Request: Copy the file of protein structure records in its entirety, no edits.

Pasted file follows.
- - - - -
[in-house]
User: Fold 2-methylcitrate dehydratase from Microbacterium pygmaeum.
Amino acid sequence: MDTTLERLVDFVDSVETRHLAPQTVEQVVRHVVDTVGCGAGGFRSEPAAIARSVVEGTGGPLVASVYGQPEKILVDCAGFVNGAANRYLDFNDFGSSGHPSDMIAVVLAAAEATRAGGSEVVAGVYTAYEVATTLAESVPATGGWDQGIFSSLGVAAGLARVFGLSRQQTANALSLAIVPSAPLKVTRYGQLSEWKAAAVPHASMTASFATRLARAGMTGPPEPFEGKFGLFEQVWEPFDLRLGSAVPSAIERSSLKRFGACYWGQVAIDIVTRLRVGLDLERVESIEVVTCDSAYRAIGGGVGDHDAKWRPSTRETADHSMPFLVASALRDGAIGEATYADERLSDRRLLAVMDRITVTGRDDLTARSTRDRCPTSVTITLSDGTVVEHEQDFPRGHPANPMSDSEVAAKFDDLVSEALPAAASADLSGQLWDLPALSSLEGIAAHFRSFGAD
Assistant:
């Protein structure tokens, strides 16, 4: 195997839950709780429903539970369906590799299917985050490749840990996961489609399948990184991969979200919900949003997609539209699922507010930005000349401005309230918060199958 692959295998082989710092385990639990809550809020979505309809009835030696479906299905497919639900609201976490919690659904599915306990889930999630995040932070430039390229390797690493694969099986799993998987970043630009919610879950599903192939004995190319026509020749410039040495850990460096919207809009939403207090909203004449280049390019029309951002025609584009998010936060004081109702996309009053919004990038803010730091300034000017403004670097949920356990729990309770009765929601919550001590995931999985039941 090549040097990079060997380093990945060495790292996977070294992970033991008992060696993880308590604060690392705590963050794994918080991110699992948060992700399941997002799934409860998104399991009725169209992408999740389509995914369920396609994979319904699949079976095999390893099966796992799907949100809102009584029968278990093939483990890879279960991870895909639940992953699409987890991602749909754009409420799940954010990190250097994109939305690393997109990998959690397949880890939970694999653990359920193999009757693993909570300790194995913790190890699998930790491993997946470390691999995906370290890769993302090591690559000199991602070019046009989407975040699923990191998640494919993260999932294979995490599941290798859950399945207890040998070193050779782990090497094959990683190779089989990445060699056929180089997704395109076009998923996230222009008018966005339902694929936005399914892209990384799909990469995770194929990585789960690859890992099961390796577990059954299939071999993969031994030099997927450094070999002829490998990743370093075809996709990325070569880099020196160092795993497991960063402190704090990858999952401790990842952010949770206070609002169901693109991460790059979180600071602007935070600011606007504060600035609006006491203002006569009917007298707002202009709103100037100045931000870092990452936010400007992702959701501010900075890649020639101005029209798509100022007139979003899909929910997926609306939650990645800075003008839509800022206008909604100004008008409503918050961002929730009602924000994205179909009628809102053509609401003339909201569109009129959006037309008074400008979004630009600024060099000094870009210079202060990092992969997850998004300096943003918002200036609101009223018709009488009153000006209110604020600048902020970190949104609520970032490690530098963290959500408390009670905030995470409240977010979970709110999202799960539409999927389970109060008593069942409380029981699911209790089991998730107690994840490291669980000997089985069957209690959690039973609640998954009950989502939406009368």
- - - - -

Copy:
[in-house]
User: Fold 2-methylcitrate dehydratase from Microbacterium pygmaeum.
Amino acid sequence: MDTTLERLVDFVDSVETRHLAPQTVEQVVRHVVDTVGCGAGGFRSEPAAIARSVVEGTGGPLVASVYGQPEKILVDCAGFVNGAANRYLDFNDFGSSGHPSDMIAVVLAAAEATRAGGSEVVAGVYTAYEVATTLAESVPATGGWDQGIFSSLGVAAGLARVFGLSRQQTANALSLAIVPSAPLKVTRYGQLSEWKAAAVPHASMTASFATRLARAGMTGPPEPFEGKFGLFEQVWEPFDLRLGSAVPSAIERSSLKRFGACYWGQVAIDIVTRLRVGLDLERVESIEVVTCDSAYRAIGGGVGDHDAKWRPSTRETADHSMPFLVASALRDGAIGEATYADERLSDRRLLAVMDRITVTGRDDLTARSTRDRCPTSVTITLSDGTVVEHEQDFPRGHPANPMSDSEVAAKFDDLVSEALPAAASADLSGQLWDLPALSSLEGIAAHFRSFGAD
Assistant:
């Protein structure tokens, strides 16, 4: 195997839950709780429903539970369906590799299917985050490749840990996961489609399948990184991969979200919900949003997609539209699922507010930005000349401005309230918060199958 692959295998082989710092385990639990809550809020979505309809009835030696479906299905497919639900609201976490919690659904599915306990889930999630995040932070430039390229390797690493694969099986799993998987970043630009919610879950599903192939004995190319026509020749410039040495850990460096919207809009939403207090909203004449280049390019029309951002025609584009998010936060004081109702996309009053919004990038803010730091300034000017403004670097949920356990729990309770009765929601919550001590995931999985039941 090549040097990079060997380093990945060495790292996977070294992970033991008992060696993880308590604060690392705590963050794994918080991110699992948060992700399941997002799934409860998104399991009725169209992408999740389509995914369920396609994979319904699949079976095999390893099966796992799907949100809102009584029968278990093939483990890879279960991870895909639940992953699409987890991602749909754009409420799940954010990190250097994109939305690393997109990998959690397949880890939970694999653990359920193999009757693993909570300790194995913790190890699998930790491993997946470390691999995906370290890769993302090591690559000199991602070019046009989407975040699923990191998640494919993260999932294979995490599941290798859950399945207890040998070193050779782990090497094959990683190779089989990445060699056929180089997704395109076009998923996230222009008018966005339902694929936005399914892209990384799909990469995770194929990585789960690859890992099961390796577990059954299939071999993969031994030099997927450094070999002829490998990743370093075809996709990325070569880099020196160092795993497991960063402190704090990858999952401790990842952010949770206070609002169901693109991460790059979180600071602007935070600011606007504060600035609006006491203002006569009917007298707002202009709103100037100045931000870092990452936010400007992702959701501010900075890649020639101005029209798509100022007139979003899909929910997926609306939650990645800075003008839509800022206008909604100004008008409503918050961002929730009602924000994205179909009628809102053509609401003339909201569109009129959006037309008074400008979004630009600024060099000094870009210079202060990092992969997850998004300096943003918002200036609101009223018709009488009153000006209110604020600048902020970190949104609520970032490690530098963290959500408390009670905030995470409240977010979970709110999202799960539409999927389970109060008593069942409380029981699911209790089991998730107690994840490291669980000997089985069957209690959690039973609640998954009950989502939406009368």